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Team Sky leader to target the Tour of Britain and world championships
Bradley Wiggins has admitted he may never again target overall success at the Tour de France, hinting that he is no longer prepared to make the sacrifices he made in 2012 to dominate stage races and win the Tour de France.
Wiggins has not spoken since Team Sky announced that he would not be part of this year's Tour team.
In the meantime, Chris Froome has been confirmed as the Team Sky's leader for the 100th edition of the Tour and his consistency has marginalised Wiggins and cast doubts about his future role at Team Sky.
“For me it was always about winning the Tour. I’ve done that. If I’m honest I don’t think I’m prepared to make those sacrifices again that I made last year, with my family and so on,” Wiggins told the Guardian's cycling correspondent William Fotheringham during the launch of an attempt on the Etape du Tour by a group of star rugby players in aid of the Joining Jack charity.
“I’ve achieved what I’ve achieved. I’m incredibly happy with that. If I do anything else after this it will be stuff I want to do, stuff that I’m willing to train hard and sacrifice for really. For me it was always about winning the Tour, that was a huge thing for me, a huge journey; I’ve been doing that four years. I don’t know if I’d want to go through all that again to be honest. I’ve always had other goals and there are other things I’d like to try and do.”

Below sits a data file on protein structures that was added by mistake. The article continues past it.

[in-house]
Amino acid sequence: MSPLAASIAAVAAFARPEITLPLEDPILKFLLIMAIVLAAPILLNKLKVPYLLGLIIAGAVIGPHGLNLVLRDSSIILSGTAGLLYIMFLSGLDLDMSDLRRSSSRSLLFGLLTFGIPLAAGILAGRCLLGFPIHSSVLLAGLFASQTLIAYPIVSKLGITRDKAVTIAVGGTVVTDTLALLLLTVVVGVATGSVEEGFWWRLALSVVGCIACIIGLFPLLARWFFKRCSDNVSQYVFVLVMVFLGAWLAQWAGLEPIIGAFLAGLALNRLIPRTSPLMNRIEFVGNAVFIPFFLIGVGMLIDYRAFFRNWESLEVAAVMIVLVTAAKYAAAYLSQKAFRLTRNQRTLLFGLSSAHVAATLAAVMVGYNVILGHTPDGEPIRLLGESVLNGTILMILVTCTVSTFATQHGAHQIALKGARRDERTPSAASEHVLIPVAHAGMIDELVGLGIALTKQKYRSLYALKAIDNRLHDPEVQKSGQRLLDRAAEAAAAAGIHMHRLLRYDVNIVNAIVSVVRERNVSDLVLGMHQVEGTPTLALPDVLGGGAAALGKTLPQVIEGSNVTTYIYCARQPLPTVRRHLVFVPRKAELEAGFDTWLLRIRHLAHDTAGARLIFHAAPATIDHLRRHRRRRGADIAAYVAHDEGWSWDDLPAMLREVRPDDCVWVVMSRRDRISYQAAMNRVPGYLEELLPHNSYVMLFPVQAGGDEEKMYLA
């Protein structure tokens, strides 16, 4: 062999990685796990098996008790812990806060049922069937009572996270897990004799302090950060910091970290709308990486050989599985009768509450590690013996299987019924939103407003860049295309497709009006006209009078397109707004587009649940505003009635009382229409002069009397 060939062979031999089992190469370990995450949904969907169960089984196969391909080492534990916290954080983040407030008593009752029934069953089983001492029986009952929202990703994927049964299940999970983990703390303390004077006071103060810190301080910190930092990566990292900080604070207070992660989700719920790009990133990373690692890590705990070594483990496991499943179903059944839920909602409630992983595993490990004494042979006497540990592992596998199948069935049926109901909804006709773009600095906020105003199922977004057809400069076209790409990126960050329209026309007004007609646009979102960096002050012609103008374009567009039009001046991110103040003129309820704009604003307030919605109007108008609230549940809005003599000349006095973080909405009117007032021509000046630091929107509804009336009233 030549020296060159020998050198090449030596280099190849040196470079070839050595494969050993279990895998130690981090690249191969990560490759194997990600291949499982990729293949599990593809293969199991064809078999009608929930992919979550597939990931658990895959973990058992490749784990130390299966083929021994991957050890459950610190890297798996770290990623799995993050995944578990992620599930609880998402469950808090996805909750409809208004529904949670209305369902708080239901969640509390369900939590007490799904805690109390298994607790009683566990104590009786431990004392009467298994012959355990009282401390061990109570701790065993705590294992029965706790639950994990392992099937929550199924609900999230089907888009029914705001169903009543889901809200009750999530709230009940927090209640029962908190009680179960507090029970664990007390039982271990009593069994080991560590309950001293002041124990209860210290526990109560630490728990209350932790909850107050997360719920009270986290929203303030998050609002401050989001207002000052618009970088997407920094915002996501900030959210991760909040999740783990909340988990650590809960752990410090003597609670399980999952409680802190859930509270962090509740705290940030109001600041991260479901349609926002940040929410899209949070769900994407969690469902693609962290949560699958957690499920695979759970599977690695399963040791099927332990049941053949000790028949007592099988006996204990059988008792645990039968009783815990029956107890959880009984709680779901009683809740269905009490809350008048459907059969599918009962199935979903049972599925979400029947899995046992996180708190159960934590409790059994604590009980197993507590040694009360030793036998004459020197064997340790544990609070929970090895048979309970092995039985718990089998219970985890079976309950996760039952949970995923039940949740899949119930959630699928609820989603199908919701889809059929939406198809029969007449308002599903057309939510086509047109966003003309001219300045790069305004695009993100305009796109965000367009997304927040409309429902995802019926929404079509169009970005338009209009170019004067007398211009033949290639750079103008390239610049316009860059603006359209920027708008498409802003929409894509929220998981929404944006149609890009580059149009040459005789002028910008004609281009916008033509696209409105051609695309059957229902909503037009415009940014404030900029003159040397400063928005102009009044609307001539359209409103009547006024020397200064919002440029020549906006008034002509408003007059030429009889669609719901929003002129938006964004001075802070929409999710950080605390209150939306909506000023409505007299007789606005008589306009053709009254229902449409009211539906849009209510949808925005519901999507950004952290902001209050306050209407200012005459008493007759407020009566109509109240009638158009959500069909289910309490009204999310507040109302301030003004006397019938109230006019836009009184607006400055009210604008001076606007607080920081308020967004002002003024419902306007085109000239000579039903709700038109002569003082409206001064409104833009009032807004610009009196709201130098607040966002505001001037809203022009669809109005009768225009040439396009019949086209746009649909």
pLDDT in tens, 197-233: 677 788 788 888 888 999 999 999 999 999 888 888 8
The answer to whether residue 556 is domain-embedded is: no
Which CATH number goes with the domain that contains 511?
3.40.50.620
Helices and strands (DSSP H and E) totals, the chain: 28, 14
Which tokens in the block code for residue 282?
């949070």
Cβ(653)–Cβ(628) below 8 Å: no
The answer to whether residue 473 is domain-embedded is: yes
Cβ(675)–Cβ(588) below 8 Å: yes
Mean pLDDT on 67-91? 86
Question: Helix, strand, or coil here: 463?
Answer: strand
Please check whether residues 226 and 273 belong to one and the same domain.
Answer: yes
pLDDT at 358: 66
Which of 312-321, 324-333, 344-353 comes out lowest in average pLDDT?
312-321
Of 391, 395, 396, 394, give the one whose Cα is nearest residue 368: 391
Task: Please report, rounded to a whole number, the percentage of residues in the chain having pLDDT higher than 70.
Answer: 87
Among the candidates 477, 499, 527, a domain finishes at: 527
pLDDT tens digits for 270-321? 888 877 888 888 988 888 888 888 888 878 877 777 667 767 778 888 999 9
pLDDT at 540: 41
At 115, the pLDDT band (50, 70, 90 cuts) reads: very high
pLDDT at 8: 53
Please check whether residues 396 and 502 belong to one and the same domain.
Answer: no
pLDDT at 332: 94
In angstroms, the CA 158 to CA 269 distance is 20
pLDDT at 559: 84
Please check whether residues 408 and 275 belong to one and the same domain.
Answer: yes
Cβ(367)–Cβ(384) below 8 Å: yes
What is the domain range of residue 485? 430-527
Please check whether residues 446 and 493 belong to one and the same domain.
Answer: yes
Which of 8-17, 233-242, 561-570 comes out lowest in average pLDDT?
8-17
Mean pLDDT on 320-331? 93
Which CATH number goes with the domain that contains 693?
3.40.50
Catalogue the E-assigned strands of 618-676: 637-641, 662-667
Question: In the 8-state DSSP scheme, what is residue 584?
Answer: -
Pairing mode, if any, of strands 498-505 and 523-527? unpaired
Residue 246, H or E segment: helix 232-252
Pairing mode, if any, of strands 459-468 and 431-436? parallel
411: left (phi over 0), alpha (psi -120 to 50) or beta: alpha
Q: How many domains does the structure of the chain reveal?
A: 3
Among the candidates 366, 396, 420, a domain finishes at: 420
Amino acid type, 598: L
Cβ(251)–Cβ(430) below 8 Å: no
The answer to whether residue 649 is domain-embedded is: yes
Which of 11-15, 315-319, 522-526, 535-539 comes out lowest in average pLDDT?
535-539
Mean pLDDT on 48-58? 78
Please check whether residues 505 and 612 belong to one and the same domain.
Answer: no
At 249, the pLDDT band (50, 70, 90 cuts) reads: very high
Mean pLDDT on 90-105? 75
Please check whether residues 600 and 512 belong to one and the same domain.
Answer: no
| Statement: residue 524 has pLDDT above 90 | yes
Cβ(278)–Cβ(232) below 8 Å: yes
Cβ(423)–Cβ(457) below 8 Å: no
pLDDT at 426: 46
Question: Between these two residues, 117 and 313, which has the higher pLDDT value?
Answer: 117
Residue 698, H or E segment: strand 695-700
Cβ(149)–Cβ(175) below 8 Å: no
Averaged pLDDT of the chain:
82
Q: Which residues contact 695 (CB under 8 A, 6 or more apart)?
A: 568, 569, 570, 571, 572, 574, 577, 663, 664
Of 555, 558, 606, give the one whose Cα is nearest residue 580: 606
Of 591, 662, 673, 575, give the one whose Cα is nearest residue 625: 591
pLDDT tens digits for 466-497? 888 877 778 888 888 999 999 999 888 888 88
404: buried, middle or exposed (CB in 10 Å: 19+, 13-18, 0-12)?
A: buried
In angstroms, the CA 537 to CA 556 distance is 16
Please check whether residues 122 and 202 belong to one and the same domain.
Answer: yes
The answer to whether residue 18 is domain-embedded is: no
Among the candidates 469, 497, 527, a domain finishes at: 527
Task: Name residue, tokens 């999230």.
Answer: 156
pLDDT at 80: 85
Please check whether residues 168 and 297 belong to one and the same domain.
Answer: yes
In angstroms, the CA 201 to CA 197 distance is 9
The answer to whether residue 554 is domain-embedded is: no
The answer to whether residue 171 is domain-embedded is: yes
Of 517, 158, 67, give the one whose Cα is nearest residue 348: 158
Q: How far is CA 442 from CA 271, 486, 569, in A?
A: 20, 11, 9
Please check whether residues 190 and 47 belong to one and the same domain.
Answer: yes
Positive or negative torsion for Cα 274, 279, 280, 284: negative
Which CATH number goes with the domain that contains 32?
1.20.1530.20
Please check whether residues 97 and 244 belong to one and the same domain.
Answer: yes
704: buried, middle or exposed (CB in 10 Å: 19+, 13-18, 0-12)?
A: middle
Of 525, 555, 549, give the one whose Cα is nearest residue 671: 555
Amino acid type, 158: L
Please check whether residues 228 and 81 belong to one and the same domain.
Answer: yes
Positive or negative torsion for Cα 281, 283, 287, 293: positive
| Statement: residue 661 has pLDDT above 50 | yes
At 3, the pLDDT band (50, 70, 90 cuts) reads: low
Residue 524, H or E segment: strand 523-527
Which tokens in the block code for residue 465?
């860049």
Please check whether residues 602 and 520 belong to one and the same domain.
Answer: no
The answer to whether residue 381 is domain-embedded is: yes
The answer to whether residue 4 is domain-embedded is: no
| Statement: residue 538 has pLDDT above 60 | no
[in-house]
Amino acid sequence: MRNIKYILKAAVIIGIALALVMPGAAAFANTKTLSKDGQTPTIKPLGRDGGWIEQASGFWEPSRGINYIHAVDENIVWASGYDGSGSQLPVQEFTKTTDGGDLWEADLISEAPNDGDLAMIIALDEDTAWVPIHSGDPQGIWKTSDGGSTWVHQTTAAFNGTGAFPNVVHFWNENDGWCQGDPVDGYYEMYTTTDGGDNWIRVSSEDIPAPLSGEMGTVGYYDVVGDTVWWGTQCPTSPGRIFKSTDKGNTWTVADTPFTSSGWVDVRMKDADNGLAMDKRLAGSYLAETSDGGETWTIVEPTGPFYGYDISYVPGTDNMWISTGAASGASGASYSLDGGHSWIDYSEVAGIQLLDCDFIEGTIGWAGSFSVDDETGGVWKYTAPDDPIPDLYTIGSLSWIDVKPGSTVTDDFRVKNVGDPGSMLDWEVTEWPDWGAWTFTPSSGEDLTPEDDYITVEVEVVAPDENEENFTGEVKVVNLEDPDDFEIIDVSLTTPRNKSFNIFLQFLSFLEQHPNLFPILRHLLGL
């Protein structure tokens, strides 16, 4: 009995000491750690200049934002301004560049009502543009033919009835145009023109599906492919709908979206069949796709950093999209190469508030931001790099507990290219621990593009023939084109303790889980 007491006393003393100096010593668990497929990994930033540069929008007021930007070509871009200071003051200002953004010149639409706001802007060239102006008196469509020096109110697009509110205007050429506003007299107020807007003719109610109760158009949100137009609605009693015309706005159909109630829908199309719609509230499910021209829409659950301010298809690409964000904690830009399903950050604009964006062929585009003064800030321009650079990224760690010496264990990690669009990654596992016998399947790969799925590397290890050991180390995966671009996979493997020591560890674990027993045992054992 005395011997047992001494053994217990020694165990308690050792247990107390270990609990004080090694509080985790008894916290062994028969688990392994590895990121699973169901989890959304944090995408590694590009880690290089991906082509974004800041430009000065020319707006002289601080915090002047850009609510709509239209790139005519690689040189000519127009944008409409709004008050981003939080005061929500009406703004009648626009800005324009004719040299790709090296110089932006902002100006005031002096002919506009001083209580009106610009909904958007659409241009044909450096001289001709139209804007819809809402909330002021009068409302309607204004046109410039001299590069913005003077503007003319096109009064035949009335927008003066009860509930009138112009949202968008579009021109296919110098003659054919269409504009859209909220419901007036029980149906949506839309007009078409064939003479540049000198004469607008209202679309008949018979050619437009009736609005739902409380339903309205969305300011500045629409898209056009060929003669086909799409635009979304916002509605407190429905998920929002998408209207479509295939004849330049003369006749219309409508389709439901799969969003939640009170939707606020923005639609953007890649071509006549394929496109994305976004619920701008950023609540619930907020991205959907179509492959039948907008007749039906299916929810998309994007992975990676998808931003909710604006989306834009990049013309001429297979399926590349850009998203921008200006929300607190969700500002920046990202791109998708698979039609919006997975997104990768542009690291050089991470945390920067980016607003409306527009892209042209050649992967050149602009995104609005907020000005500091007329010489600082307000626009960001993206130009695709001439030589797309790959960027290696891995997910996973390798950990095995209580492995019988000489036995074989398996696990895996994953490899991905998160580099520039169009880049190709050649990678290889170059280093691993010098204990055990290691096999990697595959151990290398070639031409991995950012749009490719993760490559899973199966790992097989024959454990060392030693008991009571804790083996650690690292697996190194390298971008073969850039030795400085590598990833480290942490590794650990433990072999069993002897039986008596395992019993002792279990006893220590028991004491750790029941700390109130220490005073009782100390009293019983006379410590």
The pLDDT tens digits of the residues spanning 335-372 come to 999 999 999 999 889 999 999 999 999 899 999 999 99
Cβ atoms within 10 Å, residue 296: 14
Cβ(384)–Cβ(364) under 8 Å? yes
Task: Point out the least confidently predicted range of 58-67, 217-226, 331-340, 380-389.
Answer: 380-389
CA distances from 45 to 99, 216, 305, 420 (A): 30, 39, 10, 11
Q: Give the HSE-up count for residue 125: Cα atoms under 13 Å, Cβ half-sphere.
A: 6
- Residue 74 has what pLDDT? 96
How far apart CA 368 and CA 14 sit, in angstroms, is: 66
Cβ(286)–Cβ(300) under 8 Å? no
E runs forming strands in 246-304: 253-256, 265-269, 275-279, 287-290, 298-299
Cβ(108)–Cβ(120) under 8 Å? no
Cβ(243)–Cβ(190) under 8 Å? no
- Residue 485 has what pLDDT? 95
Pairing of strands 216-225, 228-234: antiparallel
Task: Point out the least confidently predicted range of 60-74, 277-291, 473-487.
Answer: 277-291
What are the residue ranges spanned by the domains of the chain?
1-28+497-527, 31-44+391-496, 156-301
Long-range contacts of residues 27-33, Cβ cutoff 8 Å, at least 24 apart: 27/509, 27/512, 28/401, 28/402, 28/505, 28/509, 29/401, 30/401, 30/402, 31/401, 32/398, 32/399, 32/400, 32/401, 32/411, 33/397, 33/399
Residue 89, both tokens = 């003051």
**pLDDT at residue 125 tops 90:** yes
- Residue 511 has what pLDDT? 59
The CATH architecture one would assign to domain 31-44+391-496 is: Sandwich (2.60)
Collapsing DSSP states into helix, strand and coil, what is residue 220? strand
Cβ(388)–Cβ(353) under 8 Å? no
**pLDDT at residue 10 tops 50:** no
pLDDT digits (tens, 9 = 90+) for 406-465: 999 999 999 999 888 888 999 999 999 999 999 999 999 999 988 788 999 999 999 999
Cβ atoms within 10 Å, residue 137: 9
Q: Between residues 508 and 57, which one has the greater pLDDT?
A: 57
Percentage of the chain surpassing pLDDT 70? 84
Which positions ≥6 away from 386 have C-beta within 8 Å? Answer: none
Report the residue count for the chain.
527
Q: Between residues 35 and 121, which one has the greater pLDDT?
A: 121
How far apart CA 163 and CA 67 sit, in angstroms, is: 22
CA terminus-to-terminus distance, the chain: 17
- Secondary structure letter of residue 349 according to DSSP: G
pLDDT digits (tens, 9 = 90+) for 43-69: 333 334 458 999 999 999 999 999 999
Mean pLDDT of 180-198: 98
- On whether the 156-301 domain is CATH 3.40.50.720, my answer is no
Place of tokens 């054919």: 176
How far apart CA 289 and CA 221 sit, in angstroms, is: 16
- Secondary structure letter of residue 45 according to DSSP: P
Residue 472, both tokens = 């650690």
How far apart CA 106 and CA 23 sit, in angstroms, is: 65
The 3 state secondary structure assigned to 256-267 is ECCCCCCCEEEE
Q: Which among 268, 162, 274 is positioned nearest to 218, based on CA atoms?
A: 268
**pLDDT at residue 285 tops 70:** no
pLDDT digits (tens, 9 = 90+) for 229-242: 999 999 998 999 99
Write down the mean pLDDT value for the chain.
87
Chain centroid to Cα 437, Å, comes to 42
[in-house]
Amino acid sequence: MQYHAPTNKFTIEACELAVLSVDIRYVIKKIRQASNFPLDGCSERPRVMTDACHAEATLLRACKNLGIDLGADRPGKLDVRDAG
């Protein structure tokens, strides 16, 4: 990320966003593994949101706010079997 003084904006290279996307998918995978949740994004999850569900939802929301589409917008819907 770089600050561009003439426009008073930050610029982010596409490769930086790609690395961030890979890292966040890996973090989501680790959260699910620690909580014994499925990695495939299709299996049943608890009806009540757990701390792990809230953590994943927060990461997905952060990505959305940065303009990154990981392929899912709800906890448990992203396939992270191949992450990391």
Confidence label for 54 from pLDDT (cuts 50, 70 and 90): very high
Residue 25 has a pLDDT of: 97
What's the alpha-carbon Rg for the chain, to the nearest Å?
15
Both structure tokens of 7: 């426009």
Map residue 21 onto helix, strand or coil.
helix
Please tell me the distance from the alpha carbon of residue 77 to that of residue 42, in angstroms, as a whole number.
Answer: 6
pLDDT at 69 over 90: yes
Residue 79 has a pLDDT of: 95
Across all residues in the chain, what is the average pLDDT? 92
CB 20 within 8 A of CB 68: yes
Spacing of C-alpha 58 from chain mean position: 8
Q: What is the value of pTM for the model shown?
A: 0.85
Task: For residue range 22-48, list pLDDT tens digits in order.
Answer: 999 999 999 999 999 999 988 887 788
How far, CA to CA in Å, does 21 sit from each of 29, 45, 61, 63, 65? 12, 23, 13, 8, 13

Froome is the Tour de France leader
Wiggins acknowledged that Chris Froome is now Team Sky’s first choice team leader for the Tour de France and this seems to be a factor in his future goals as a rider.
“Chris has really stepped up, he’s delivered now and he looks like he’s really going to be there for a few years to win a few Tours maybe,” Wiggins said.
“There has been a natural selection this year through Chris’s performances and my performances that he warrants being the team leader; and if he wins the Tour, that continues through to next year. I can live with that. I didn’t go to the altitude camp before the Giro because I wanted to be with my family; the kids are getting older and I like watching [my son] Ben play rugby and other things.”
Tour of Britain is the next goal
Wiggins has recovered from the knee injury that forced to quit the Giro d'Italia. He is now training for his return to racing at the Tour of Poland (July 27-August 3). He will not ride the Vuelta Espana, with the Tour of Britain (September 15-22) now his next big goal. A time trial stage favours his overall chances of success in the weeklong race. After that he hopes to target the world title in the time trial in Florence, a goal that has escaped him several times over the years.
His homeland race is "a race I’ve always wanted to do well in," Wiggins said. "It’s getting bigger every year and in terms of profile in this country it’s a nice thing to do well in,” he said of the British stage race.
“The worlds was always a focus and if anything this gives me a better opportunity to focus on it. Doing the Giro and the Tour it was always a matter of how much would be left because there is an eight-week period from the end of the Tour to the Worlds which is a long time. This has given me time to stop after the Giro and I’ve got a nice chunk of time to get ready for the Worlds.”